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date: 01 October 2020

Abstract and Keywords

The engraved plaques used to seal burial niches in the Roman catacombs constitute a rich resource for research on the commemoration of children in late antiquity. By comparing epitaphs and figural decorations on plaques for decedents of various ages, this study examines constructions of children and childhood in a selection of catacomb complexes in suburban Rome. The plaques uphold some recognized trends in late antique commemoration and suggest new directions for inquiry into commemorative practices in sites of communal burial. How do the widespread cultural changes in the third- and fourth-century Roman world affect funerary traditions, family and community life, and expressions of religious identity? This study offers new perspectives on complex questions for which there may be no definitive answers.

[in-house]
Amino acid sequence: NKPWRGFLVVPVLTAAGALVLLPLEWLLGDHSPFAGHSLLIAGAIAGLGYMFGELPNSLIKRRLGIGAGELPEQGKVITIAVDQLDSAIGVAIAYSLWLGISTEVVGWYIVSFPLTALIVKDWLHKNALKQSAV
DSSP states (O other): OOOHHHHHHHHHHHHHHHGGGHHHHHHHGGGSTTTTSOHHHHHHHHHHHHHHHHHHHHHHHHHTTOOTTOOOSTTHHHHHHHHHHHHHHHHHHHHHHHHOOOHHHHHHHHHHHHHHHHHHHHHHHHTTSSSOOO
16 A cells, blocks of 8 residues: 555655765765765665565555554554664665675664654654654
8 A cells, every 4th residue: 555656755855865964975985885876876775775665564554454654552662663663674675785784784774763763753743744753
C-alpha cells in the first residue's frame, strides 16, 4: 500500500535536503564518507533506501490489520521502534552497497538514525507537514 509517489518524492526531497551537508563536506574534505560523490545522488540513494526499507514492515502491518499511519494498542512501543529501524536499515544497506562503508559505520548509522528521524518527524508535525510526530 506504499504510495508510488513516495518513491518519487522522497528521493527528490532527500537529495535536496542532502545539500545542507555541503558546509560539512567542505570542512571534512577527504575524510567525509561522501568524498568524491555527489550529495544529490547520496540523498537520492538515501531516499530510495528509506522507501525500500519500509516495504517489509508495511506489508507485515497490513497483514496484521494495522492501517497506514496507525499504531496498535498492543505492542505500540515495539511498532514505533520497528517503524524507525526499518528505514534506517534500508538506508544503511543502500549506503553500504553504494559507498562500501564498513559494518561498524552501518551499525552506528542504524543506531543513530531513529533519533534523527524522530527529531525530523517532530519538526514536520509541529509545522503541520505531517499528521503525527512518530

Keywords: Burial, catacombs, childhood, children, Christianity, commemoration, epigraphy, iconography, late antiquity

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